This content will become publicly available on March 1, 2023

Kilonova Detectability with Wide-field Instruments
Abstract Kilonovae are ultraviolet, optical, and infrared transients powered by the radioactive decay of heavy elements following a neutron star merger. Joint observations of kilonovae and gravitational waves can offer key constraints on the source of Galactic r -process enrichment, among other astrophysical topics. However, robust constraints on heavy element production require rapid kilonova detection (within ∼1 day of merger) as well as multiwavelength observations across multiple epochs. In this study, we quantify the ability of 13 wide-field-of-view instruments to detect kilonovae, leveraging a large grid of over 900 radiative transfer simulations with 54 viewing angles per simulation. We consider both current and upcoming instruments, collectively spanning the full kilonova spectrum. The Roman Space Telescope has the highest redshift reach of any instrument in the study, observing kilonovae out to z ∼ 1 within the first day post-merger. We demonstrate that BlackGEM, DECam, GOTO, the Vera C. Rubin Observatory’s LSST, ULTRASAT, VISTA, and WINTER can observe some kilonovae out to z ∼ 0.1 (∼475 Mpc), while DDOTI, MeerLICHT, PRIME, Swift/UVOT, and ZTF are confined to more nearby observations. Furthermore, we provide a framework to infer kilonova ejecta properties following nondetections and explore variation in detectability with these ejecta parameters.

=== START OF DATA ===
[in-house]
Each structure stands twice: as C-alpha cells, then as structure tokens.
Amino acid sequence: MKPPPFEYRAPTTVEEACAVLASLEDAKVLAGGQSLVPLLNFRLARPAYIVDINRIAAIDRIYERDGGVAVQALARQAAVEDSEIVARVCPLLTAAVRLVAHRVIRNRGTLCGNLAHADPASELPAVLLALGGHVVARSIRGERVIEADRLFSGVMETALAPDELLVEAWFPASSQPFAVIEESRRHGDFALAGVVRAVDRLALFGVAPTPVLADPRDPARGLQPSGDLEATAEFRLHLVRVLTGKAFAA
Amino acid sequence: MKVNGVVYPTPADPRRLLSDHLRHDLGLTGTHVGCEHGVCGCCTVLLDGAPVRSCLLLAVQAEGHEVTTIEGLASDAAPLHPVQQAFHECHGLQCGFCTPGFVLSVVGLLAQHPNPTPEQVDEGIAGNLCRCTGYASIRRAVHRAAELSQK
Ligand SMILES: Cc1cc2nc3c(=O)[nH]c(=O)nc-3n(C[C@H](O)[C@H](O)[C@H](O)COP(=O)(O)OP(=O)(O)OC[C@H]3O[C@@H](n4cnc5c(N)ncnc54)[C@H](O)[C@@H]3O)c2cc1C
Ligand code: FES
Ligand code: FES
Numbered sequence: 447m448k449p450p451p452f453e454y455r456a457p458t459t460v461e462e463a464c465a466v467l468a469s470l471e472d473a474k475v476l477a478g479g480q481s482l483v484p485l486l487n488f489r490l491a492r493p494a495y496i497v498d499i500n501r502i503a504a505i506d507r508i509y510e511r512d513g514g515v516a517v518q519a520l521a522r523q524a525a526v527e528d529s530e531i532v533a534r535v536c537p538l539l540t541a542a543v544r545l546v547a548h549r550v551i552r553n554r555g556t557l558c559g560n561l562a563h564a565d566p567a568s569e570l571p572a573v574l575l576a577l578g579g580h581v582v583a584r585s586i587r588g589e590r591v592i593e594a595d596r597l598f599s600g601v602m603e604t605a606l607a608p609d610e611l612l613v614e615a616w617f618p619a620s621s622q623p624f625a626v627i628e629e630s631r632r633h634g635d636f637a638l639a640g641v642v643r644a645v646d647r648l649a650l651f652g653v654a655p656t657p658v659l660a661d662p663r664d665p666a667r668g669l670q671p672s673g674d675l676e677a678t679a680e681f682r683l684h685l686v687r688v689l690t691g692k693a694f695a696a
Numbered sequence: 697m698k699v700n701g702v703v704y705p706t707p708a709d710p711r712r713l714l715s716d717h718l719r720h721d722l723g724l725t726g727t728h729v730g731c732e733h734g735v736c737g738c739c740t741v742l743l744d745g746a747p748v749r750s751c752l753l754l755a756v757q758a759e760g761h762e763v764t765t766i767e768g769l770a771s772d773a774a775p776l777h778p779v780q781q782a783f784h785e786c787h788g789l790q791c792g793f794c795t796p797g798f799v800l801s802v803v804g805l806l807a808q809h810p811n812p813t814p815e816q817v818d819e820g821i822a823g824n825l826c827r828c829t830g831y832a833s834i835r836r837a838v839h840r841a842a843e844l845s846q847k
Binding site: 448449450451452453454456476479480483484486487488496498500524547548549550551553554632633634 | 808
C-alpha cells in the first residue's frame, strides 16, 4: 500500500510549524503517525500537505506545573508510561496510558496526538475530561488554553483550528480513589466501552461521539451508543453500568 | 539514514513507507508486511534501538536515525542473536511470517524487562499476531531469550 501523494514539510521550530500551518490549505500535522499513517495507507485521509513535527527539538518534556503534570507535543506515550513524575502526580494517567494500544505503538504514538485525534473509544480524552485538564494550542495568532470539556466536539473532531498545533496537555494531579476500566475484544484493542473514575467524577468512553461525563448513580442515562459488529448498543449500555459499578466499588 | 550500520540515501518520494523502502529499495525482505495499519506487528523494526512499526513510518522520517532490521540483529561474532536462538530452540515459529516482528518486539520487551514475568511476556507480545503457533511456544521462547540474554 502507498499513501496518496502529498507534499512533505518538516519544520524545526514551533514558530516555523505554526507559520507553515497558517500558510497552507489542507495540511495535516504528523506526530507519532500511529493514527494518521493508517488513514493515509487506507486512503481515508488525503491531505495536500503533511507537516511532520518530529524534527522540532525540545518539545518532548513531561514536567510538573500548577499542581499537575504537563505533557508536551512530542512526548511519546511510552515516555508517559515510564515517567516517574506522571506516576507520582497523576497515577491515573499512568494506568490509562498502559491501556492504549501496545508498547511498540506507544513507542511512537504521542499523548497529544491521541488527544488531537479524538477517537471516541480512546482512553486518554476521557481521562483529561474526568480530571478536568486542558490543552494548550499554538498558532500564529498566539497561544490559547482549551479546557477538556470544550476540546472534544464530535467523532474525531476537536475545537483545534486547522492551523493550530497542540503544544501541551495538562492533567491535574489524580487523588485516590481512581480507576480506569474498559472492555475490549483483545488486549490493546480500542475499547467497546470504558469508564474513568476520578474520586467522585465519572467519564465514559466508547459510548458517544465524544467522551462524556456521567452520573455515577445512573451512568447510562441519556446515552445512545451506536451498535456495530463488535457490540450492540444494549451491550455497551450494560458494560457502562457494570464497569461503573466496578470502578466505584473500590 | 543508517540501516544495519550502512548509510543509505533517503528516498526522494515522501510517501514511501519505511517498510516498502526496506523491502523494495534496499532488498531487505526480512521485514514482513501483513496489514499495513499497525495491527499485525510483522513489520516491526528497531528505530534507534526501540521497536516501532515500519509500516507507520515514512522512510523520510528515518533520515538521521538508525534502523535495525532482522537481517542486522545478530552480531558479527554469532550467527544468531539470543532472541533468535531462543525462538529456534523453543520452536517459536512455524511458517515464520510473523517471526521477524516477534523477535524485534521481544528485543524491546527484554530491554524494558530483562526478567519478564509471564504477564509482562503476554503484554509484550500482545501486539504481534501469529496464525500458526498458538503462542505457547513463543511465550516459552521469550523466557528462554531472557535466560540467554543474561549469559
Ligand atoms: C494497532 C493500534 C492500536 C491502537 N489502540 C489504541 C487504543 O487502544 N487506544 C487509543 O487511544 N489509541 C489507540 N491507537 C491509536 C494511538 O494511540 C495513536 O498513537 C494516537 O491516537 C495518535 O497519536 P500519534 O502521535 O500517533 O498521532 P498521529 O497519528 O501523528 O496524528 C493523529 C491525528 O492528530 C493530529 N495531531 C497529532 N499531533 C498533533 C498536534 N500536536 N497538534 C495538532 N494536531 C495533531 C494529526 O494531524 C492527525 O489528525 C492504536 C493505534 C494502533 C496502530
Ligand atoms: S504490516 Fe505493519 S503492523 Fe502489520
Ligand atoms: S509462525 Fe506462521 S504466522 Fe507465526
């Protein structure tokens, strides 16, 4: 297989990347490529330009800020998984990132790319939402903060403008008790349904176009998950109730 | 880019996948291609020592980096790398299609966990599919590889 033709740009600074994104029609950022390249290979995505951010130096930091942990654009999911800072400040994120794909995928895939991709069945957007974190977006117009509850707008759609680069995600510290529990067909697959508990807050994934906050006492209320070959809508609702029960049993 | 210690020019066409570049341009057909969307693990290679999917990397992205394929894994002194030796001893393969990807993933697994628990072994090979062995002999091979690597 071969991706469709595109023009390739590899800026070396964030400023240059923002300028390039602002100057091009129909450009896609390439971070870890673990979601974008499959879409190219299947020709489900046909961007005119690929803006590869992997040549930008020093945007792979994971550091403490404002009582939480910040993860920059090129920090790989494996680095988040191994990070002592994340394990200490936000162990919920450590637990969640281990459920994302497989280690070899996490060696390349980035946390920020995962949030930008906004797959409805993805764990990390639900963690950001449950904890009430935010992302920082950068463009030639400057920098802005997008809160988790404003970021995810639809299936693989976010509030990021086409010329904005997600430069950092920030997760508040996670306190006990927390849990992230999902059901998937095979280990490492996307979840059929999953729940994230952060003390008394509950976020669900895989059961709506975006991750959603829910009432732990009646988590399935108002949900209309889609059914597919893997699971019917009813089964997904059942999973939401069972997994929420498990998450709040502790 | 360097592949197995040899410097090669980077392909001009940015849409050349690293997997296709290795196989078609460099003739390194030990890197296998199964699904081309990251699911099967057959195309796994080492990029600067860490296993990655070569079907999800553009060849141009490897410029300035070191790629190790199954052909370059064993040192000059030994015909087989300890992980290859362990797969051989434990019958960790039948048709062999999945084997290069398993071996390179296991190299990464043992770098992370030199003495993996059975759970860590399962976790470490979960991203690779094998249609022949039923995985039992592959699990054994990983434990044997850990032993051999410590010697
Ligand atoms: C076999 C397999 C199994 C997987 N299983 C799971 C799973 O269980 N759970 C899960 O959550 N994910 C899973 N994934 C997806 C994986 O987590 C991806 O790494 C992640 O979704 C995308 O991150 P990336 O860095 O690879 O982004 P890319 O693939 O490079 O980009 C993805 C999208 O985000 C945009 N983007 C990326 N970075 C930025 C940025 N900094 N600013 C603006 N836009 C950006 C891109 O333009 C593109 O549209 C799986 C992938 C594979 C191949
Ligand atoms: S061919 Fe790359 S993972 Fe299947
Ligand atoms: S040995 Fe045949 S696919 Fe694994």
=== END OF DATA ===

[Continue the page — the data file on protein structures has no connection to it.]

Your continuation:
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Award ID(s):
Publication Date:
NSF-PAR ID:
10325163
Journal Name:
The Astrophysical Journal
Volume:
927
Issue:
2
Page Range or eLocation-ID:
163
ISSN:
0004-637X
3. ABSTRACT The merger of two neutron stars produces an outflow of radioactive heavy nuclei. Within a second of merger, the central remnant is expected to also launch a relativistic jet, which shock-heats and disrupts a portion of the radioactive ejecta. Within a few hours, emission from the radioactive material gives rise to an ultraviolet, optical, and infrared transient (a kilonova). We use the endstates of a suite of 2D relativistic hydrodynamic simulations of jet–ejecta interaction as initial conditions for multidimensional Monte Carlo radiation transport simulations of the resulting viewing angle-dependent light curves and spectra starting at $1.5\, \mathrm{h}$ after merger.more »